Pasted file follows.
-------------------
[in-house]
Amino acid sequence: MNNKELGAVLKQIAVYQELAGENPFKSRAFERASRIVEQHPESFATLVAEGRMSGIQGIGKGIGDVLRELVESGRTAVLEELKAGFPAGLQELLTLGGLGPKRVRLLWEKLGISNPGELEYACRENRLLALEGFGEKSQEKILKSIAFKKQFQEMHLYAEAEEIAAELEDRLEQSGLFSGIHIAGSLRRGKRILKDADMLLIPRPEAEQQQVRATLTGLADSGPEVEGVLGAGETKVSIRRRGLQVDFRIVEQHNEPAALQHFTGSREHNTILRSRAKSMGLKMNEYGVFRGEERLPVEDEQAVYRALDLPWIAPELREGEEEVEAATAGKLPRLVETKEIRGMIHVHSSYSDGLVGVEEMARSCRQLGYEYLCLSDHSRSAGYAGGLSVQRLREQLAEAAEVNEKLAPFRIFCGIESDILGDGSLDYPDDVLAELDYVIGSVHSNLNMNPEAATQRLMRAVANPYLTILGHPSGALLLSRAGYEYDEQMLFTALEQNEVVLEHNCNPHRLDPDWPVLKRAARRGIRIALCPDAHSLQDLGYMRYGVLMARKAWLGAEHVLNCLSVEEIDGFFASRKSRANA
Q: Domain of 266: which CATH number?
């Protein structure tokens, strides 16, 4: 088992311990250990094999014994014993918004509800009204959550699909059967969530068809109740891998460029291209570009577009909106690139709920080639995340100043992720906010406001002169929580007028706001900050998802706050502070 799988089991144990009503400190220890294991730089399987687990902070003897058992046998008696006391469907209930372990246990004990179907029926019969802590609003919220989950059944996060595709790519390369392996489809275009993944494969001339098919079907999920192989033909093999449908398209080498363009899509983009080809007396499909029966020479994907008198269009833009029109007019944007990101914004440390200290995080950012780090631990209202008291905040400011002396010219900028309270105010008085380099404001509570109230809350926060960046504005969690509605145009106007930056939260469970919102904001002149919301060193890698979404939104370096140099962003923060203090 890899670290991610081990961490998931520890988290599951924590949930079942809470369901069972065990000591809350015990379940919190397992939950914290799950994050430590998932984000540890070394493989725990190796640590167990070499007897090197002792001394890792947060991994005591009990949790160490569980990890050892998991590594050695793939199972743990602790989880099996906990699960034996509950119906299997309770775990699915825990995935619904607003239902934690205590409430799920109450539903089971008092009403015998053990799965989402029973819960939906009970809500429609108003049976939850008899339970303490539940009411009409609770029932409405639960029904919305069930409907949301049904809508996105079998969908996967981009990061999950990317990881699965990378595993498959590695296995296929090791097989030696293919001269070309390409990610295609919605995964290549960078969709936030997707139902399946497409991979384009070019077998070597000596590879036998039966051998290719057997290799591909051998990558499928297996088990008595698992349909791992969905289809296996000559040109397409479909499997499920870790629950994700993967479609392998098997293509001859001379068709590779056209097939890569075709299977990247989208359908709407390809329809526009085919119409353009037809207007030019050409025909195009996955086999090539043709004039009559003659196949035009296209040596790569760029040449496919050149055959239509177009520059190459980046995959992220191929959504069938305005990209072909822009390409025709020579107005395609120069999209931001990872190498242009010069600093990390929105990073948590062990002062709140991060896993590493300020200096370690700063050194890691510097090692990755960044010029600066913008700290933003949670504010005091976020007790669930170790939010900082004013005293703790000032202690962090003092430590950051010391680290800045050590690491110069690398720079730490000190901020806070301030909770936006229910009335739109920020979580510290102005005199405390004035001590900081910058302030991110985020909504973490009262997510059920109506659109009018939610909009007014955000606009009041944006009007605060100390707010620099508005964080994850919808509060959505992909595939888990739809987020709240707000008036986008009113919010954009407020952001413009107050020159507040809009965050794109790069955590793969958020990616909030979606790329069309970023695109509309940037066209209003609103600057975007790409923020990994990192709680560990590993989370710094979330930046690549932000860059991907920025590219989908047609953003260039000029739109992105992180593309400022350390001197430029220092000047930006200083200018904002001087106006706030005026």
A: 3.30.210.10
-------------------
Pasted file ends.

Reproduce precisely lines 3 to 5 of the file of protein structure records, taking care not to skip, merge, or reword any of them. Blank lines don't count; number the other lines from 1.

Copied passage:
Q: Domain of 266: which CATH number?
């Protein structure tokens, strides 16, 4: 088992311990250990094999014994014993918004509800009204959550699909059967969530068809109740891998460029291209570009577009909106690139709920080639995340100043992720906010406001002169929580007028706001900050998802706050502070 799988089991144990009503400190220890294991730089399987687990902070003897058992046998008696006391469907209930372990246990004990179907029926019969802590609003919220989950059944996060595709790519390369392996489809275009993944494969001339098919079907999920192989033909093999449908398209080498363009899509983009080809007396499909029966020479994907008198269009833009029109007019944007990101914004440390200290995080950012780090631990209202008291905040400011002396010219900028309270105010008085380099404001509570109230809350926060960046504005969690509605145009106007930056939260469970919102904001002149919301060193890698979404939104370096140099962003923060203090 890899670290991610081990961490998931520890988290599951924590949930079942809470369901069972065990000591809350015990379940919190397992939950914290799950994050430590998932984000540890070394493989725990190796640590167990070499007897090197002792001394890792947060991994005591009990949790160490569980990890050892998991590594050695793939199972743990602790989880099996906990699960034996509950119906299997309770775990699915825990995935619904607003239902934690205590409430799920109450539903089971008092009403015998053990799965989402029973819960939906009970809500429609108003049976939850008899339970303490539940009411009409609770029932409405639960029904919305069930409907949301049904809508996105079998969908996967981009990061999950990317990881699965990378595993498959590695296995296929090791097989030696293919001269070309390409990610295609919605995964290549960078969709936030997707139902399946497409991979384009070019077998070597000596590879036998039966051998290719057997290799591909051998990558499928297996088990008595698992349909791992969905289809296996000559040109397409479909499997499920870790629950994700993967479609392998098997293509001859001379068709590779056209097939890569075709299977990247989208359908709407390809329809526009085919119409353009037809207007030019050409025909195009996955086999090539043709004039009559003659196949035009296209040596790569760029040449496919050149055959239509177009520059190459980046995959992220191929959504069938305005990209072909822009390409025709020579107005395609120069999209931001990872190498242009010069600093990390929105990073948590062990002062709140991060896993590493300020200096370690700063050194890691510097090692990755960044010029600066913008700290933003949670504010005091976020007790669930170790939010900082004013005293703790000032202690962090003092430590950051010391680290800045050590690491110069690398720079730490000190901020806070301030909770936006229910009335739109920020979580510290102005005199405390004035001590900081910058302030991110985020909504973490009262997510059920109506659109009018939610909009007014955000606009009041944006009007605060100390707010620099508005964080994850919808509060959505992909595939888990739809987020709240707000008036986008009113919010954009407020952001413009107050020159507040809009965050794109790069955590793969958020990616909030979606790329069309970023695109509309940037066209209003609103600057975007790409923020990994990192709680560990590993989370710094979330930046690549932000860059991907920025590219989908047609953003260039000029739109992105992180593309400022350390001197430029220092000047930006200083200018904002001087106006706030005026």
A: 3.30.210.10